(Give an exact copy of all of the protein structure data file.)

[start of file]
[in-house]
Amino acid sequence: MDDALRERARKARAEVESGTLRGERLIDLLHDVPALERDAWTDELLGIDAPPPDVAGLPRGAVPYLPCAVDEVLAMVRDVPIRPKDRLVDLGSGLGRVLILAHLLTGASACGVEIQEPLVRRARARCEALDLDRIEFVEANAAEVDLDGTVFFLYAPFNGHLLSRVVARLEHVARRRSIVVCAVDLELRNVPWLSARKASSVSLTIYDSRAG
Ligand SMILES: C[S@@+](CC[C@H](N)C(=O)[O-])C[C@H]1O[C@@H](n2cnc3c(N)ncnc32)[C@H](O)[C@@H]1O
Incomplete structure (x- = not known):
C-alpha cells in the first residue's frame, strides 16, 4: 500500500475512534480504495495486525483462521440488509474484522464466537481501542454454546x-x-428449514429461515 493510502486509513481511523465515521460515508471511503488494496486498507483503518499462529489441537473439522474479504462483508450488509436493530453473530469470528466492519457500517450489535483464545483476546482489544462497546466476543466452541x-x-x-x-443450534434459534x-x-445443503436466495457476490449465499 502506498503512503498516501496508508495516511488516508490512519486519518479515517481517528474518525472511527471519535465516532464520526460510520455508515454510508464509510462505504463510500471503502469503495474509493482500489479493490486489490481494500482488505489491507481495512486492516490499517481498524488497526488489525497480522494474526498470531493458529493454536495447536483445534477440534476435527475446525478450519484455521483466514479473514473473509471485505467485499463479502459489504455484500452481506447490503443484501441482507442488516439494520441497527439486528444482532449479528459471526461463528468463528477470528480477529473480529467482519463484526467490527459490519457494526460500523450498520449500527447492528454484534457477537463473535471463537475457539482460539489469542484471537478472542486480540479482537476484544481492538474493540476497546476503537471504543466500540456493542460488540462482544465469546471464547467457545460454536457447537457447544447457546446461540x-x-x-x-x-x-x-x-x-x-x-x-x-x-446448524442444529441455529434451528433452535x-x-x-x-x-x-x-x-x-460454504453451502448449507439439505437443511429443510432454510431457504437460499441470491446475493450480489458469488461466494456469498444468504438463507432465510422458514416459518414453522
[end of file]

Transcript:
[in-house]
Amino acid sequence: MDDALRERARKARAEVESGTLRGERLIDLLHDVPALERDAWTDELLGIDAPPPDVAGLPRGAVPYLPCAVDEVLAMVRDVPIRPKDRLVDLGSGLGRVLILAHLLTGASACGVEIQEPLVRRARARCEALDLDRIEFVEANAAEVDLDGTVFFLYAPFNGHLLSRVVARLEHVARRRSIVVCAVDLELRNVPWLSARKASSVSLTIYDSRAG
Ligand SMILES: C[S@@+](CC[C@H](N)C(=O)[O-])C[C@H]1O[C@@H](n2cnc3c(N)ncnc32)[C@H](O)[C@@H]1O
Incomplete structure (x- = not known):
C-alpha cells in the first residue's frame, strides 16, 4: 500500500475512534480504495495486525483462521440488509474484522464466537481501542454454546x-x-428449514429461515 493510502486509513481511523465515521460515508471511503488494496486498507483503518499462529489441537473439522474479504462483508450488509436493530453473530469470528466492519457500517450489535483464545483476546482489544462497546466476543466452541x-x-x-x-443450534434459534x-x-445443503436466495457476490449465499 502506498503512503498516501496508508495516511488516508490512519486519518479515517481517528474518525472511527471519535465516532464520526460510520455508515454510508464509510462505504463510500471503502469503495474509493482500489479493490486489490481494500482488505489491507481495512486492516490499517481498524488497526488489525497480522494474526498470531493458529493454536495447536483445534477440534476435527475446525478450519484455521483466514479473514473473509471485505467485499463479502459489504455484500452481506447490503443484501441482507442488516439494520441497527439486528444482532449479528459471526461463528468463528477470528480477529473480529467482519463484526467490527459490519457494526460500523450498520449500527447492528454484534457477537463473535471463537475457539482460539489469542484471537478472542486480540479482537476484544481492538474493540476497546476503537471504543466500540456493542460488540462482544465469546471464547467457545460454536457447537457447544447457546446461540x-x-x-x-x-x-x-x-x-x-x-x-x-x-446448524442444529441455529434451528433452535x-x-x-x-x-x-x-x-x-460454504453451502448449507439439505437443511429443510432454510431457504437460499441470491446475493450480489458469488461466494456469498444468504438463507432465510422458514416459518414453522